Galatians 5:22 (ESV)
22 But the fruit of the Spirit is love, joy, peace, patience, kindness, goodness, faithfulness,
The rejoicing you are commanded to demonstrate is not the result of screwing up your willpower with a “grin-and-bear-it” attitude; it is a supernatural power of the Holy Spirit dwelling in you! It is a divinely-empowered ability to respond with joy and (as we will see) gratitude for every circumstance we find ourselves in—as Paul wrote in Romans 5--
Romans 5:2–3 (ESV)
2 Through him we have also obtained access by faith into this grace in which we stand, and we rejoice in hope of the glory of God. 3 Not only that, but we rejoice in our sufferings, knowing that suffering produces endurance,
You have been supernaturally equipped for joy in every circumstance. But the greatest reason that a Christian lives with continual joy, the overridingly magnificent cause of your constant, supernatural capacity for rejoicing is that
It is the SIGN that you are REDEEMED (1 Peter 1:8-9)
Listen to how the Apostle Peter describes the heart of a Christian in his first epistle:
1 Peter 1:8–9 (ESV)
8 Though you have not seen him, you love him. Though you do not now see him, you believe in him and rejoice with joy that is inexpressible and filled with glory, 9 obtaining the outcome of your faith, the salvation of your souls.
When Jesus saves you, Christian—when you come to realize just how amazing His love to you has been to deliver you from the darkness and destruction of your sin against God and give you the perfections of His own holiness—you love Him with an inexplicable joy! A joy that overflows even in your darkest moments; a rejoicing that echoes even through the tears and heartbreak and pain of this life—let your vision be filled with the excellencies of Christ as you see Him at the root of every joy!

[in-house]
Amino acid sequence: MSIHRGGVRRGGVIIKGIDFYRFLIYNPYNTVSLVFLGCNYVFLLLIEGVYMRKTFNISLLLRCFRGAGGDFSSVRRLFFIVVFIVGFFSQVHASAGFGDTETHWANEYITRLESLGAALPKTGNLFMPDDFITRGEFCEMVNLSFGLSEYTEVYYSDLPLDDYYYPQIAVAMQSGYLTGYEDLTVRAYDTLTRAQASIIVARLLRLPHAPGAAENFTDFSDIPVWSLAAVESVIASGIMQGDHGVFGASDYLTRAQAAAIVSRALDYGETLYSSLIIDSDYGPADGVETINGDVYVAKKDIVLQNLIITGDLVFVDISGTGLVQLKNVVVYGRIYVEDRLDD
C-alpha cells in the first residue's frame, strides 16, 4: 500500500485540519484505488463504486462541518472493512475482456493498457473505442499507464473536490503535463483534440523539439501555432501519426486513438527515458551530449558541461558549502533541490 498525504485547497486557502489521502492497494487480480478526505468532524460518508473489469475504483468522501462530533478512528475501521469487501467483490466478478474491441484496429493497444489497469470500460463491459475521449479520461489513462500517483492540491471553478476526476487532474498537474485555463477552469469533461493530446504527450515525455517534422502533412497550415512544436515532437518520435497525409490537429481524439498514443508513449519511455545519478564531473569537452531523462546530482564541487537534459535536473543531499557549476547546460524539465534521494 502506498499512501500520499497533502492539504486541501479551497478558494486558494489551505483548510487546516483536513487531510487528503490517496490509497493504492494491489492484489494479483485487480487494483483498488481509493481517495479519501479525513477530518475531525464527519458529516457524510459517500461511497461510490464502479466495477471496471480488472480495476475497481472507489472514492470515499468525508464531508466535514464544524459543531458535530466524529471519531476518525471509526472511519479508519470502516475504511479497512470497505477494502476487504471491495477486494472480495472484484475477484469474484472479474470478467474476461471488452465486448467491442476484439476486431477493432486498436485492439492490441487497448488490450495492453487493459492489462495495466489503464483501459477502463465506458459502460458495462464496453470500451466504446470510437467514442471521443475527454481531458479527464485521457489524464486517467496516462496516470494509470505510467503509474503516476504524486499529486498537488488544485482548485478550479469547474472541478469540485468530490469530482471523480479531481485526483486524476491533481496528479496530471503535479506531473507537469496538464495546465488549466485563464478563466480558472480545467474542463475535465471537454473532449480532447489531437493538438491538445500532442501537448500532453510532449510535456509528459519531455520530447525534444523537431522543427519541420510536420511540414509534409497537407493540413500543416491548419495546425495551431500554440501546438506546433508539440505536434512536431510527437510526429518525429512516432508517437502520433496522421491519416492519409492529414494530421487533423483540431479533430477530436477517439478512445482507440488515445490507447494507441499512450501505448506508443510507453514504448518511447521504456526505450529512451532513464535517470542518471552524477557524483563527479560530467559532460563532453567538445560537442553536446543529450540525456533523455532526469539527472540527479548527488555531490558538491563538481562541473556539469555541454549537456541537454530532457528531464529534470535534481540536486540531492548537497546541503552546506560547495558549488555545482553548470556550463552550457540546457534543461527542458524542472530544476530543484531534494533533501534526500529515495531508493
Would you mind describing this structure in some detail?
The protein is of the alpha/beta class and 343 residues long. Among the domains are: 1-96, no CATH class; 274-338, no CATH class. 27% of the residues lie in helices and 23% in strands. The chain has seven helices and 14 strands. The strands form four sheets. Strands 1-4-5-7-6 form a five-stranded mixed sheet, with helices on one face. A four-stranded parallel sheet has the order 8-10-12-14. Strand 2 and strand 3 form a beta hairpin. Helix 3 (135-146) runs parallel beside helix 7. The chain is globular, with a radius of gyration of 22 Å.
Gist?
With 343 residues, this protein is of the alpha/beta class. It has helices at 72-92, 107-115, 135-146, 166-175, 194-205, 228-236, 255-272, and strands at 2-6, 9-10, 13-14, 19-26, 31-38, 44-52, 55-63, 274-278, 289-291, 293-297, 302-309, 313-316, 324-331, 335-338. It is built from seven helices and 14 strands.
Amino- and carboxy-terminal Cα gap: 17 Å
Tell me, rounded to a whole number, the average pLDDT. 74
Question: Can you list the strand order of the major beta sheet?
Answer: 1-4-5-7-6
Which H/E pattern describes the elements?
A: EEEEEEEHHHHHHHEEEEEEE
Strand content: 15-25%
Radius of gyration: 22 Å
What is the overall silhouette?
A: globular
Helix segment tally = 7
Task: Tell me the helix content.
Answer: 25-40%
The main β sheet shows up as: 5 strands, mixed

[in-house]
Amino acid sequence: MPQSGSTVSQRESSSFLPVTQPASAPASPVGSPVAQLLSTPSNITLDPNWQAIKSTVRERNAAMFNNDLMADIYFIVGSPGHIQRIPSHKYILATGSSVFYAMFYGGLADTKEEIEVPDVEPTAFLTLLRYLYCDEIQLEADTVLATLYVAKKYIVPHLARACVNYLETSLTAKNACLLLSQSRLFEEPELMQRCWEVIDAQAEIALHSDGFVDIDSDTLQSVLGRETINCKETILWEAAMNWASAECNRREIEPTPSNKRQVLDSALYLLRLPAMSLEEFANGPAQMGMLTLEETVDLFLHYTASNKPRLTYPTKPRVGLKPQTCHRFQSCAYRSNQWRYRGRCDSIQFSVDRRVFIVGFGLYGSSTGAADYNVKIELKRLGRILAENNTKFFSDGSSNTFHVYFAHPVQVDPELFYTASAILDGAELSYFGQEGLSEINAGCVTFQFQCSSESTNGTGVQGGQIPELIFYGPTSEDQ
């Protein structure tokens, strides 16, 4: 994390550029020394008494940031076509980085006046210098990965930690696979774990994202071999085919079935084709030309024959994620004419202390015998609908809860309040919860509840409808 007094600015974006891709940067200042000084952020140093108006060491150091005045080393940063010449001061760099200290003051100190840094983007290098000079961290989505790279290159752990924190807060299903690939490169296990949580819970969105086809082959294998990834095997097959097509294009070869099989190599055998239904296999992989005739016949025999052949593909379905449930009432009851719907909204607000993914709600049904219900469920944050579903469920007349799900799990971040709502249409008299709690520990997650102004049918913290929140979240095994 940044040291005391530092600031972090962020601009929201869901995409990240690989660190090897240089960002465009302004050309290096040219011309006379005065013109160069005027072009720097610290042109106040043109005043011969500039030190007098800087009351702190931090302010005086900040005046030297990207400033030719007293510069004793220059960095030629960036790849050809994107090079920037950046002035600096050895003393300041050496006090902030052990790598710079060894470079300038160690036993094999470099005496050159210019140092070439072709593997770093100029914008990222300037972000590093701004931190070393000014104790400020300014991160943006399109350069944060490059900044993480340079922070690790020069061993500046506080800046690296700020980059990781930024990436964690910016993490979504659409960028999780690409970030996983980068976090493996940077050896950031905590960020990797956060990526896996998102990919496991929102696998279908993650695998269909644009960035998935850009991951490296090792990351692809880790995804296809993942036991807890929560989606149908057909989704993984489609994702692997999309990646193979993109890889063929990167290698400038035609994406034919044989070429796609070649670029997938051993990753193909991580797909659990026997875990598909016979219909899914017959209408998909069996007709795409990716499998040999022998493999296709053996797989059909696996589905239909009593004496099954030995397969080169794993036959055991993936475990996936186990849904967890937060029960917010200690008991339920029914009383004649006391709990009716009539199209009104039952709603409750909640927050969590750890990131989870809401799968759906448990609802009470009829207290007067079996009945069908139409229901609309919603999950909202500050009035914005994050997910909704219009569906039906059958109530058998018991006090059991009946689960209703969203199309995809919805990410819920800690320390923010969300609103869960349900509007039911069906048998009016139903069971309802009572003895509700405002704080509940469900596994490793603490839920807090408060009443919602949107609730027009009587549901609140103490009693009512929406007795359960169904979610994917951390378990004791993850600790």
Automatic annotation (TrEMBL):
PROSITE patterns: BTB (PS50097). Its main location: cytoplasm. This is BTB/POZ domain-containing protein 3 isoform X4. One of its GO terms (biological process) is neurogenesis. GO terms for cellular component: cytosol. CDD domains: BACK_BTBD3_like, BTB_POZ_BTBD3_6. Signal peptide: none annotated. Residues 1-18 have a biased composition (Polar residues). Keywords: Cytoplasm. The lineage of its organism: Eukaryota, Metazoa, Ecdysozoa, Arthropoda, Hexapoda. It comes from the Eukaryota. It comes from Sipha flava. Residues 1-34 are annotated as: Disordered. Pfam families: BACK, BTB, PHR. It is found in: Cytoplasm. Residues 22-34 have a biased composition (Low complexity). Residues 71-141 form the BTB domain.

Paul exhorts the Thessalonians to rejoice always—look to the Shepherd and see Him at the root of every joy in your life. In verse 17, Paul says that we must look to the Shepherd and

II. Behold how He LOVES to PRAY (v. 17)

1 Thessalonians 5:17 (ESV)
17 pray without ceasing,
What does it mean to “pray without ceasing”? Once again—we find our definition for this kind of prayer in the life of Jesus. We might say that Jesus was “never done praying”—He was always looking for more opportunities to spend time with His heavenly Father in prayer:
Matthew 14:23 (ESV)
23 And after he had dismissed the crowds, he went up on the mountain by himself to pray...
Mark 1:35 (ESV)
35 And rising very early in the morning, while it was still dark, he departed and went out to a desolate place, and there he prayed.
Luke 6:12 (ESV)
12 In these days he went out to the mountain to pray, and all night he continued in prayer to God.
The disciples watched how Jesus loved to pray, and so they asked Him to teach them to pray that way:
Luke 11:1 (ESV)
1 Now Jesus was praying in a certain place, and when he finished, one of his disciples said to him, “Lord, teach us to pray, as John taught his disciples.”
And clearly they learned their lesson well—because in the opening verses of the Book of Acts we see that the disciples
Acts 1:14 (ESV)
14 with one accord were devoting themselves to prayer, together with the women and Mary the mother of Jesus, and his brothers.
Here in our text, Paul is drawing his readers to pray like Jesus and the disciples did—they were devoted to prayer; they never finished praying! Jesus taught the disciples to pray by demonstrating praying without ceasing—He taught them to
Pray EARNESTLY (Luke 22:41, 44)
When Jesus prayed in the Garden of Gethsemane the night before He died, the Scripture tells us that
Luke 22:44 (ESV)
44 And being in agony he prayed more earnestly; and his sweat became like great drops of blood falling down to the ground.
Thomas Watson once wrote of this verse:
Christ was in an agony at prayer… Many when they pray are rather in a lethargy, than in an agony. When they are about the world they are all fire; when they are at prayer, they are all ice.
A Christian who is “all ice” in prayer will quickly come to the end of his prayers: “That’s enough for today...” But the believer who delights in prayer is one who will never feel like they have enough hours in the day to pray!